Simple Science Summary
Like all cells, bacteria have a membrane that acts as a skin. Such a membrane is active, it must let some substances in and keep other substances out and it must be extended to allow the cell to grow. A special type of protein, called flotillin, appears to be crucial for the proper functioning of the cell membrane. Previously, scientists thought that these flotillins help other proteins to do their job properly. However, scientists from the University of Groningen have shown that the flotillins have a direct effect on the cell membrane’s structure: they make them more fluid. This knowledge could be used to design antibiotics or to create bacteria that will secrete useful proteins more efficiently.
Proteins perform important functions in bacterial membranes. Flotillin proteins were thought to act as chaperones that help to create functional protein complexes. Microbiologists from the University of Groningen, together with colleagues from Germany and France, have now shown that flotillin proteins modify the fluidity of bacterial membranes. These results, which were published in the journal eLife on 14 July 2020, could have implications for antibiotic discovery and the use of bacteria as cell factories.
All living cells are enclosed by a membrane that regulates the entry and exit of substances. In eukaryotic cells, different membrane domains have long been recognized. But until recently, microbiologists assumed that the membranes of the much smaller bacteria were mostly uniform. ‘As recently as ten years ago, it became apparent that there are functional domains in bacterial membranes,’ explains Dirk-Jan Scheffers, Associate Professor in Molecular Microbiology at the University of Groningen.
One such domain is defined by the presence of a specific class of proteins, called flotillins. ’These flotillins appeared to play a role in controlling the position and activity of proteins that are involved in the synthesis of the bacterial wall,’ says Scheffers. Since he has studied the production of bacterial cell wall building blocks for a long time, Scheffers was interested in flotillins. One leading theory suggested that these proteins act as chaperones and help other proteins in the membrane to assemble into functional complexes.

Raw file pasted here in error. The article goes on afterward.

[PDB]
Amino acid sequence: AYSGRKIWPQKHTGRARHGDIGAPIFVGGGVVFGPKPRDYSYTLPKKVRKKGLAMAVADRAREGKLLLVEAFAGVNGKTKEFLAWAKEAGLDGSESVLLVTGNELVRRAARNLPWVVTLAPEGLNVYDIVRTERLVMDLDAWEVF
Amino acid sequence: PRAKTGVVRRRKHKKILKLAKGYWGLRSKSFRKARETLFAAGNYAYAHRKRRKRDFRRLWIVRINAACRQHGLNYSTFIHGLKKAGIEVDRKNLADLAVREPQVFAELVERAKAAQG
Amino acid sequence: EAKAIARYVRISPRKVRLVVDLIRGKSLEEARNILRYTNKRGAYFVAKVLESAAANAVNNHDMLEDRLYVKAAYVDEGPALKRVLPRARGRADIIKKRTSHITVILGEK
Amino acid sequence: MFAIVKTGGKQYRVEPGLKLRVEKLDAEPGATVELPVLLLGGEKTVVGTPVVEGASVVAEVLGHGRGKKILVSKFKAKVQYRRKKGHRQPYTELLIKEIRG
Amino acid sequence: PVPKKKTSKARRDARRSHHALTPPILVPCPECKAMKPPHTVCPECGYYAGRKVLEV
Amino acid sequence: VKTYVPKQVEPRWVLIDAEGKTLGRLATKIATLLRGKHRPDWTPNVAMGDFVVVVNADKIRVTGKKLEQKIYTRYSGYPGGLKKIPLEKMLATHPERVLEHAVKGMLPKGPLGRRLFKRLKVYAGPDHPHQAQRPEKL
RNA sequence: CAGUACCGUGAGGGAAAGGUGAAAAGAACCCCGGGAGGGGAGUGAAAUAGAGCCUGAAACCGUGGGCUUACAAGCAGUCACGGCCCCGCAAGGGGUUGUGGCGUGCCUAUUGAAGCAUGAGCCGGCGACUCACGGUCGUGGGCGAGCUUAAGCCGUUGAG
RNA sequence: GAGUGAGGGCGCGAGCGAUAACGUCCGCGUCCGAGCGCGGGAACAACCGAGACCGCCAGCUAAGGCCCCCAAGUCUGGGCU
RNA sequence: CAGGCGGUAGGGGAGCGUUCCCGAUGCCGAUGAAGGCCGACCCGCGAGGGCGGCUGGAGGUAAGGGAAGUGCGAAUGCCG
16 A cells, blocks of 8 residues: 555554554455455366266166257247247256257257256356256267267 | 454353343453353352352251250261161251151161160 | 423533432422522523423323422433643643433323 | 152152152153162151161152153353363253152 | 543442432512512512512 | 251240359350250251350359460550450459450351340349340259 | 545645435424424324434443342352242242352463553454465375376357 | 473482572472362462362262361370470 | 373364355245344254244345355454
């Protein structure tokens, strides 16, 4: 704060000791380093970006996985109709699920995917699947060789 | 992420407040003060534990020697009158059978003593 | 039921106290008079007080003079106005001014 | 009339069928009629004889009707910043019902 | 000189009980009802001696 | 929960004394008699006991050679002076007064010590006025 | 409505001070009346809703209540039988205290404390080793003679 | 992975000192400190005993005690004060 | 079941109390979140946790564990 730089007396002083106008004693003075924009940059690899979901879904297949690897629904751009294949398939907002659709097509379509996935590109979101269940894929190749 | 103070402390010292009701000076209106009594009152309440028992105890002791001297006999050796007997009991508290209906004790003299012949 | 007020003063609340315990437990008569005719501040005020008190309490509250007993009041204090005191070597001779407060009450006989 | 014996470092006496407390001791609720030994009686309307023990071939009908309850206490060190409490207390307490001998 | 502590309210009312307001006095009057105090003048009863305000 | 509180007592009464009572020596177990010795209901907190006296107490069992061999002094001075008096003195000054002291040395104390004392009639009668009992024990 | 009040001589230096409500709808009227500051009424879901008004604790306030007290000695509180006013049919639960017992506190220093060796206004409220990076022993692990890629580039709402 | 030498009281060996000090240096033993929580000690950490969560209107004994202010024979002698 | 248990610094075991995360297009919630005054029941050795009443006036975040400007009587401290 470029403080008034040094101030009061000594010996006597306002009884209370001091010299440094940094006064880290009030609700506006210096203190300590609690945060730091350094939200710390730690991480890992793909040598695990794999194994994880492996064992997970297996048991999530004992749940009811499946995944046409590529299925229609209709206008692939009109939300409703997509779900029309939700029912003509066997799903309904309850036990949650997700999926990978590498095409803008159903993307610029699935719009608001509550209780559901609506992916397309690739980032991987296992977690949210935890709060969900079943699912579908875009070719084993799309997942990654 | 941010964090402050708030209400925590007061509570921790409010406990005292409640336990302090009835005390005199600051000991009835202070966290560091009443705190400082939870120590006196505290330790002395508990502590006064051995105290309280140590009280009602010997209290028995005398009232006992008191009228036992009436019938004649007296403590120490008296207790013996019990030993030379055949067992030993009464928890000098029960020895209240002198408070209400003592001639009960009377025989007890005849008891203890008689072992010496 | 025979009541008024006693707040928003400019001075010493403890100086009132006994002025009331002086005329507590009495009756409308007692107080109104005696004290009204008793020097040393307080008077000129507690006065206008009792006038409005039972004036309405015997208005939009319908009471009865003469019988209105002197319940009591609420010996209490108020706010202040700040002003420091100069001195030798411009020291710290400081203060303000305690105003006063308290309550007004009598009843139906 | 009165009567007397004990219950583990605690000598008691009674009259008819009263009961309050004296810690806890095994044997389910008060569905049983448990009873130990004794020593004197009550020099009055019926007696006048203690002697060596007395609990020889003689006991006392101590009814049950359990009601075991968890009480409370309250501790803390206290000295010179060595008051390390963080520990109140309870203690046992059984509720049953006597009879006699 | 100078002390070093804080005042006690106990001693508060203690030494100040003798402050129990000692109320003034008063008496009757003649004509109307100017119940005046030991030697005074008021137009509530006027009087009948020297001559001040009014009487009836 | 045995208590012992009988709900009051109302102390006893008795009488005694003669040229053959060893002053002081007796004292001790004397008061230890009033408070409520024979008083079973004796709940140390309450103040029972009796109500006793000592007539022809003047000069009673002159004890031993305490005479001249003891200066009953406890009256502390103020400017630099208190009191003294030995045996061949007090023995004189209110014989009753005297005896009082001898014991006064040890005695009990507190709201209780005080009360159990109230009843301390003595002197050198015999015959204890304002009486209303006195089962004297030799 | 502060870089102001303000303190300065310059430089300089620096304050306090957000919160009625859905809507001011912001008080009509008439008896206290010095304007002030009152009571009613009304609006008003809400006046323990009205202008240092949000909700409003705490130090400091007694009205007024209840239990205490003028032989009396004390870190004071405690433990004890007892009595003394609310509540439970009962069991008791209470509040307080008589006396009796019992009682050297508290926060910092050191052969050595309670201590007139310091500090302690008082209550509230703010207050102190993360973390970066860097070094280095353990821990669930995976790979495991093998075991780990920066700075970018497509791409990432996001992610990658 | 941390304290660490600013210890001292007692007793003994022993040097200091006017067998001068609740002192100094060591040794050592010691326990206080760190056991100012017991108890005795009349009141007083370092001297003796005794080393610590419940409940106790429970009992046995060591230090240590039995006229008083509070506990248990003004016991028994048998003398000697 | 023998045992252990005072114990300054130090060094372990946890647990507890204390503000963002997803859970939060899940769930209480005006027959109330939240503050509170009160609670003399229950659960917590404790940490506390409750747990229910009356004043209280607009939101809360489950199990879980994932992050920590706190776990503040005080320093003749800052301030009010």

‘However, some of our observations appeared to contradict this idea. Furthermore, it is difficult to imagine that one protein could bring together lots of different proteins: how can it interact with all of them?’ Together with colleagues from Germany, he developed the hypothesis that flotillins do not act as chaperones but regulate the cell membrane’s fluidity.
Their experiments showed that fast-growing cells of the rod-shaped Bacillus subtilis bacteria were unable to maintain their shape in the absence of flotillins. However, fast-growing cells without flotillins maintained their shape in the presence of a chemical membrane fluidizer. ‘This points to a physical effect of the flotillins,’ says Scheffers. The direct effect of flotillin on cell membrane fluidity was confirmed by colleagues in France through experiments with artificial membranes.
So, how do flotillins create this effect? This will take some time to find out, but Scheffers has some ideas. Since the phospholipid composition determines membrane fluidity, it seems possible that the flotillin proteins bind to particular kinds of phospholipids which decrease fluidity, thereby increasing the overall membrane fluidity. Fluidity also explains the effect that flotillins have on cell wall construction: building blocks for the cell wall are produced inside the cells and must be transported to the outside. This will be easier in a more fluid membrane.
‘All this shows that specific membrane domains exist in bacteria, just like they do in eukaryotic cells,’ says Scheffers. ‘The role of flotillins is to ensure that the membrane has the correct physical structure to function properly.’ If this conclusion is correct, it will have interesting consequences. Targeting flotillins to modify the physical properties of bacterial cell walls could be a way to either kill the cells (which is useful in antibiotic development) or to increase protein secretion (which is useful in creating cell factories). Scheffers: ‘The bacteria that we used, Bacillus subtilis, are often used to produce proteins. However, we believe that this physical mechanism is likely to be universal in bacterial species.’
These studies were carried out by an international team of scientists. In Groningen, most of the work was carried out by first author Dr Aleksandra Zielińska, in close collaboration with Professor Marc Bramkamp and Abigail Savietto at the University of Kiel (Germany).
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